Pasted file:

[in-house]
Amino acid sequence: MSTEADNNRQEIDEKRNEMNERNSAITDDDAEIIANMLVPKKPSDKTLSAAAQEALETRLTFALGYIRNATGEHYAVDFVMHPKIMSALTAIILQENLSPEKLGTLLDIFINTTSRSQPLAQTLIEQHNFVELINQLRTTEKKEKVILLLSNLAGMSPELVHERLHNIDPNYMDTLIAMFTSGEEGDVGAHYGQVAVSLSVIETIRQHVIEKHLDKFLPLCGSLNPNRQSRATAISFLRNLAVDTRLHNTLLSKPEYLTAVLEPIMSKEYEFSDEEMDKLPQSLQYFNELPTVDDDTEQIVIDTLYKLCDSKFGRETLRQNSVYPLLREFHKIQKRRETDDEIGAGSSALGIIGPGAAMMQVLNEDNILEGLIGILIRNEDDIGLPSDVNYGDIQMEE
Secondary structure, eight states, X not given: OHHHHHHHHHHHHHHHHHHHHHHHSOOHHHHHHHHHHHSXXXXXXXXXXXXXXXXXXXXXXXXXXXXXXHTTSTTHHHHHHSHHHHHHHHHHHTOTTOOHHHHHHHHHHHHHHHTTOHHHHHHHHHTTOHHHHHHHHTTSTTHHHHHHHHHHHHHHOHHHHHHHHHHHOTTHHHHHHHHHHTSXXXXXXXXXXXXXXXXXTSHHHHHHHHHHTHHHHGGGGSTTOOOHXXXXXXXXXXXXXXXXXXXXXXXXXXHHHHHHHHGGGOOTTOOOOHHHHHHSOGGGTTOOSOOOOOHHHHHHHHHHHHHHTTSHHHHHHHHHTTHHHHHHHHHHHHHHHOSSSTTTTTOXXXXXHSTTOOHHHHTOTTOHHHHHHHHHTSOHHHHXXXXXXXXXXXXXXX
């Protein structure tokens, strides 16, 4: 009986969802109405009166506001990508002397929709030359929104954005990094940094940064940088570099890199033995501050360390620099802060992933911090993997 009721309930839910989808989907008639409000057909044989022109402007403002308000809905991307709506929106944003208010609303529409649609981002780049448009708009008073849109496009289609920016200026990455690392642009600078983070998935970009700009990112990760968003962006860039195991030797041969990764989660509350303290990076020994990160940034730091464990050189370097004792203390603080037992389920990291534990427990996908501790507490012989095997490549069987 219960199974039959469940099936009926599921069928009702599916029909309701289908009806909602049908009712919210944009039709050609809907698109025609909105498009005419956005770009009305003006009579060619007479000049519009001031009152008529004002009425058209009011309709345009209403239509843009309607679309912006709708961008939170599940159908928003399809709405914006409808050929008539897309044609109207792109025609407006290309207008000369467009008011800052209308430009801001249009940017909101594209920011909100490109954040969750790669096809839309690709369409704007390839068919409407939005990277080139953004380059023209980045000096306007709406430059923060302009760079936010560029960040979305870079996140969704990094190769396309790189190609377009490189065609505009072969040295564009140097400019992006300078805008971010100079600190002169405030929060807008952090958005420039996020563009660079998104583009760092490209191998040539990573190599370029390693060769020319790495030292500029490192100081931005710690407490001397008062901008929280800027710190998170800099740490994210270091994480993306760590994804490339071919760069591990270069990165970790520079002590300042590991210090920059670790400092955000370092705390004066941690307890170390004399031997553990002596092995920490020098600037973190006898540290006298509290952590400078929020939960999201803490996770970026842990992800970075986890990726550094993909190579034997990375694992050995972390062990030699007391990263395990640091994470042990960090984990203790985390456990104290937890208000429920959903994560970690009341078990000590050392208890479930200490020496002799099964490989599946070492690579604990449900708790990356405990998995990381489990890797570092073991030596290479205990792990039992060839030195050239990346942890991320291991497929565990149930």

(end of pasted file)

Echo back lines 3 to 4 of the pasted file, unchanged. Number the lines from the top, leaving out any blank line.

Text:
Secondary structure, eight states, X not given: OHHHHHHHHHHHHHHHHHHHHHHHSOOHHHHHHHHHHHSXXXXXXXXXXXXXXXXXXXXXXXXXXXXXXHTTSTTHHHHHHSHHHHHHHHHHHTOTTOOHHHHHHHHHHHHHHHTTOHHHHHHHHHTTOHHHHHHHHTTSTTHHHHHHHHHHHHHHOHHHHHHHHHHHOTTHHHHHHHHHHTSXXXXXXXXXXXXXXXXXTSHHHHHHHHHHTHHHHGGGGSTTOOOHXXXXXXXXXXXXXXXXXXXXXXXXXXHHHHHHHHGGGOOTTOOOOHHHHHHSOGGGTTOOSOOOOOHHHHHHHHHHHHHHTTSHHHHHHHHHTTHHHHHHHHHHHHHHHOSSSTTTTTOXXXXXHSTTOOHHHHTOTTOHHHHHHHHHTSOHHHHXXXXXXXXXXXXXXX
């Protein structure tokens, strides 16, 4: 009986969802109405009166506001990508002397929709030359929104954005990094940094940064940088570099890199033995501050360390620099802060992933911090993997 009721309930839910989808989907008639409000057909044989022109402007403002308000809905991307709506929106944003208010609303529409649609981002780049448009708009008073849109496009289609920016200026990455690392642009600078983070998935970009700009990112990760968003962006860039195991030797041969990764989660509350303290990076020994990160940034730091464990050189370097004792203390603080037992389920990291534990427990996908501790507490012989095997490549069987 219960199974039959469940099936009926599921069928009702599916029909309701289908009806909602049908009712919210944009039709050609809907698109025609909105498009005419956005770009009305003006009579060619007479000049519009001031009152008529004002009425058209009011309709345009209403239509843009309607679309912006709708961008939170599940159908928003399809709405914006409808050929008539897309044609109207792109025609407006290309207008000369467009008011800052209308430009801001249009940017909101594209920011909100490109954040969750790669096809839309690709369409704007390839068919409407939005990277080139953004380059023209980045000096306007709406430059923060302009760079936010560029960040979305870079996140969704990094190769396309790189190609377009490189065609505009072969040295564009140097400019992006300078805008971010100079600190002169405030929060807008952090958005420039996020563009660079998104583009760092490209191998040539990573190599370029390693060769020319790495030292500029490192100081931005710690407490001397008062901008929280800027710190998170800099740490994210270091994480993306760590994804490339071919760069591990270069990165970790520079002590300042590991210090920059670790400092955000370092705390004066941690307890170390004399031997553990002596092995920490020098600037973190006898540290006298509290952590400078929020939960999201803490996770970026842990992800970075986890990726550094993909190579034997990375694992050995972390062990030699007391990263395990640091994470042990960090984990203790985390456990104290937890208000429920959903994560970690009341078990000590050392208890479930200490020496002799099964490989599946070492690579604990449900708790990356405990998995990381489990890797570092073991030596290479205990792990039992060839030195050239990346942890991320291991497929565990149930």